It’s not surprising, then, that her entrance into the profession of sex work is accidental, giggly, surreal – but the deeper she gets into this new world, a world in which power and money changes hands in the blink of an eye and each john possesses a new set of dangers and challenges which she must adapt to. They're challenges she welcomes, though, and it becomes increasingly clear that she is both no doe-eyed call girl and that the more enmeshed she becomes in the twisted capitalist roleplay where everyone’s livelihood is at stake, the more powerful she becomes. Late into the series, Christine deftly states that “Everyone is paid to be everywhere, it's called an economy," accidentally tipping her hand on the justifications she applies to her every move.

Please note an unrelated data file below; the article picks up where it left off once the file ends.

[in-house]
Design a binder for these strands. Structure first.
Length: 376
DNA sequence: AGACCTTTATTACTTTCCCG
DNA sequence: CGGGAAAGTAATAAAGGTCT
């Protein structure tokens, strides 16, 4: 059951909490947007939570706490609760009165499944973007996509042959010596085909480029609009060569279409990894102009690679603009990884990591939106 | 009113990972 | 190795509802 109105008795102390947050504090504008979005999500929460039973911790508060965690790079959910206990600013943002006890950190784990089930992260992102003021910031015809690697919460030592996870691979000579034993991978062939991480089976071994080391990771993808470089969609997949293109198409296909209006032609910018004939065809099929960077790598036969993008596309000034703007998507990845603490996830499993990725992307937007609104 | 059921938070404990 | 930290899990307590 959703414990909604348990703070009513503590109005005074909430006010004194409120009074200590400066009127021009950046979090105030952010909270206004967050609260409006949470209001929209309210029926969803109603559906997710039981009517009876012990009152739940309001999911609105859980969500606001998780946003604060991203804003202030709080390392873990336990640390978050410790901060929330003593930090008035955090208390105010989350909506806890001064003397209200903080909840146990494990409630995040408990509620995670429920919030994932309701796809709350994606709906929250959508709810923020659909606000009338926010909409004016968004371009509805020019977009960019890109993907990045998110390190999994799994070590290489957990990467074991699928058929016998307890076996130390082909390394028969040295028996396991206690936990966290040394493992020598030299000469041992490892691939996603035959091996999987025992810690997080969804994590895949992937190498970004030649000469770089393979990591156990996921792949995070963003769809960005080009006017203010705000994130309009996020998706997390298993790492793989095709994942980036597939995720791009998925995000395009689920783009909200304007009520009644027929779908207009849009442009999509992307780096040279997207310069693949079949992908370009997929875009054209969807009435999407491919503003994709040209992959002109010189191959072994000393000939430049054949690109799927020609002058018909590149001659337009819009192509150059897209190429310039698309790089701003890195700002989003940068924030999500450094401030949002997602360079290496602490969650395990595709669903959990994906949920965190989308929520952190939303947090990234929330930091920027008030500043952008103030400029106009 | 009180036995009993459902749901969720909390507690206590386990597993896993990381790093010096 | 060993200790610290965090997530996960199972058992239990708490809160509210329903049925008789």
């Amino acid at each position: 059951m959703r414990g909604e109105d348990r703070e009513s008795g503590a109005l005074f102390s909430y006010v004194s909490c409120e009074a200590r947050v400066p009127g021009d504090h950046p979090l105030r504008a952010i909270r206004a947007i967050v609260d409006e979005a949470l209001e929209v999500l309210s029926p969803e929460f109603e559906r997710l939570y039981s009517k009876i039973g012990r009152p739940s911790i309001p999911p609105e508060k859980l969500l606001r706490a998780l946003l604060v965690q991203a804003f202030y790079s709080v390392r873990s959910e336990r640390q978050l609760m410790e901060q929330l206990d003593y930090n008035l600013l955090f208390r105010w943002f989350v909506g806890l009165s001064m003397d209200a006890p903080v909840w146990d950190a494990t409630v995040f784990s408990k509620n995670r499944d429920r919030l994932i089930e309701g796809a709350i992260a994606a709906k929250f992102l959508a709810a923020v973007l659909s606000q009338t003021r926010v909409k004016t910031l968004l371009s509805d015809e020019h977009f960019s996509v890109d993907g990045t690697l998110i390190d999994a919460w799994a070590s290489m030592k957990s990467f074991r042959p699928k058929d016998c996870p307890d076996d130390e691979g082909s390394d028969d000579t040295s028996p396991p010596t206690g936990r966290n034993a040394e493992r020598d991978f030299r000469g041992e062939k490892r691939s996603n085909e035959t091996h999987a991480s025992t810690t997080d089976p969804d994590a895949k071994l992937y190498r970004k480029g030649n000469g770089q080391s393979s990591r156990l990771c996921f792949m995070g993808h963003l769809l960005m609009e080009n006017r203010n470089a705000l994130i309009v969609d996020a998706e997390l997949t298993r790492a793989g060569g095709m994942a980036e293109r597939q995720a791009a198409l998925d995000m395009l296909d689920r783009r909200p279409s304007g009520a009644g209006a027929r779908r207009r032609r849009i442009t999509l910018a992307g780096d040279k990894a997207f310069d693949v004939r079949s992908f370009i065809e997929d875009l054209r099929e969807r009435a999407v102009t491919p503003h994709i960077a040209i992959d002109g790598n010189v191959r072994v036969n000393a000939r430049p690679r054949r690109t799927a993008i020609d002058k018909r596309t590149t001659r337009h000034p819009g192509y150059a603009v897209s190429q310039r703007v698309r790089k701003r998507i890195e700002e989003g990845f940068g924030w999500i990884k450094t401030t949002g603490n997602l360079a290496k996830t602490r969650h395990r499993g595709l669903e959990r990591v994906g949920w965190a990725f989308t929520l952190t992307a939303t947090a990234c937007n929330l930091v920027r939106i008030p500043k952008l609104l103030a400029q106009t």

But it’s important to note that Christine’s superpower isn’t sex, it's her distance from it. Introspective yet alarmingly self-assured, Christine confesses to her sister, “I just don’t enjoy spending time with people. I find it to be a waste of time and it makes me anxious.” And that’s how she truly embraces her power; by identifying the one thing that she has no emotional commitment to, which enables her to engage and manipulate the outside world in a way that doesn’t compromise her sense of self. It becomes clear that nobody will ever satisfy Christine in the way that she can satisfy herself sexually, and she crafts the act into something detached and calculated, a single-sum game that she only plays when she can get something out of it. She makes sex into a weapon, a means to an end; where others fall to mush in a tangle of limbs and loves , Christine is invincible.
If this sounds extraordinarily cold and calculated, that’s because it is. But it’s also startlingly effective.